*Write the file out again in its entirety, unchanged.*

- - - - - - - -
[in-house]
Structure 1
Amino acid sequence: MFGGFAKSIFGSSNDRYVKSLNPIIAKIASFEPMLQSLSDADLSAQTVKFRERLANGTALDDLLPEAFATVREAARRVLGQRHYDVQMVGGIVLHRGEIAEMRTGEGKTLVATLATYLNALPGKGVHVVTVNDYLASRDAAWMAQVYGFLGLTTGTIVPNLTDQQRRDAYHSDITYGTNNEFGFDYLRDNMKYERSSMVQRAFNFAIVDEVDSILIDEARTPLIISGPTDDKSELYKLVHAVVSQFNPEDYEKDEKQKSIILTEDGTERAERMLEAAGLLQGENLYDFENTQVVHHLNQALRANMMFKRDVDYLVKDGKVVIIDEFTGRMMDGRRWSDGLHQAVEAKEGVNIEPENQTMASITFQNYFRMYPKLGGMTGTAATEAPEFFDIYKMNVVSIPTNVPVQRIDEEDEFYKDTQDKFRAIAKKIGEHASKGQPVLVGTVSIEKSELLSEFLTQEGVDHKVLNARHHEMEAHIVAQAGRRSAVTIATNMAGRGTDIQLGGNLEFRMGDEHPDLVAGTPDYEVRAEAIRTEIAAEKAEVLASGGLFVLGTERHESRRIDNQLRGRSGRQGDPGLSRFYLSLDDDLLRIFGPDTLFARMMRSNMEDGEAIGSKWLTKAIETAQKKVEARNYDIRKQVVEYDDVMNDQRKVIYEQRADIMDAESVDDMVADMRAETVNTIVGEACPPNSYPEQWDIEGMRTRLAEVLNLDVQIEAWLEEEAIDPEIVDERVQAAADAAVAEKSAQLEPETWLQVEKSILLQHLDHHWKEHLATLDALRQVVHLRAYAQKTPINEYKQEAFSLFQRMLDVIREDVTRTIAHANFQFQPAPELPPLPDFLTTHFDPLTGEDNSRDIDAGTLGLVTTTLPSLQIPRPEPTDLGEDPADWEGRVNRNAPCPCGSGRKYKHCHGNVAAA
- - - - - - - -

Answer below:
[in-house]
Structure 1
Amino acid sequence: MFGGFAKSIFGSSNDRYVKSLNPIIAKIASFEPMLQSLSDADLSAQTVKFRERLANGTALDDLLPEAFATVREAARRVLGQRHYDVQMVGGIVLHRGEIAEMRTGEGKTLVATLATYLNALPGKGVHVVTVNDYLASRDAAWMAQVYGFLGLTTGTIVPNLTDQQRRDAYHSDITYGTNNEFGFDYLRDNMKYERSSMVQRAFNFAIVDEVDSILIDEARTPLIISGPTDDKSELYKLVHAVVSQFNPEDYEKDEKQKSIILTEDGTERAERMLEAAGLLQGENLYDFENTQVVHHLNQALRANMMFKRDVDYLVKDGKVVIIDEFTGRMMDGRRWSDGLHQAVEAKEGVNIEPENQTMASITFQNYFRMYPKLGGMTGTAATEAPEFFDIYKMNVVSIPTNVPVQRIDEEDEFYKDTQDKFRAIAKKIGEHASKGQPVLVGTVSIEKSELLSEFLTQEGVDHKVLNARHHEMEAHIVAQAGRRSAVTIATNMAGRGTDIQLGGNLEFRMGDEHPDLVAGTPDYEVRAEAIRTEIAAEKAEVLASGGLFVLGTERHESRRIDNQLRGRSGRQGDPGLSRFYLSLDDDLLRIFGPDTLFARMMRSNMEDGEAIGSKWLTKAIETAQKKVEARNYDIRKQVVEYDDVMNDQRKVIYEQRADIMDAESVDDMVADMRAETVNTIVGEACPPNSYPEQWDIEGMRTRLAEVLNLDVQIEAWLEEEAIDPEIVDERVQAAADAAVAEKSAQLEPETWLQVEKSILLQHLDHHWKEHLATLDALRQVVHLRAYAQKTPINEYKQEAFSLFQRMLDVIREDVTRTIAHANFQFQPAPELPPLPDFLTTHFDPLTGEDNSRDIDAGTLGLVTTTLPSLQIPRPEPTDLGEDPADWEGRVNRNAPCPCGSGRKYKHCHGNVAAA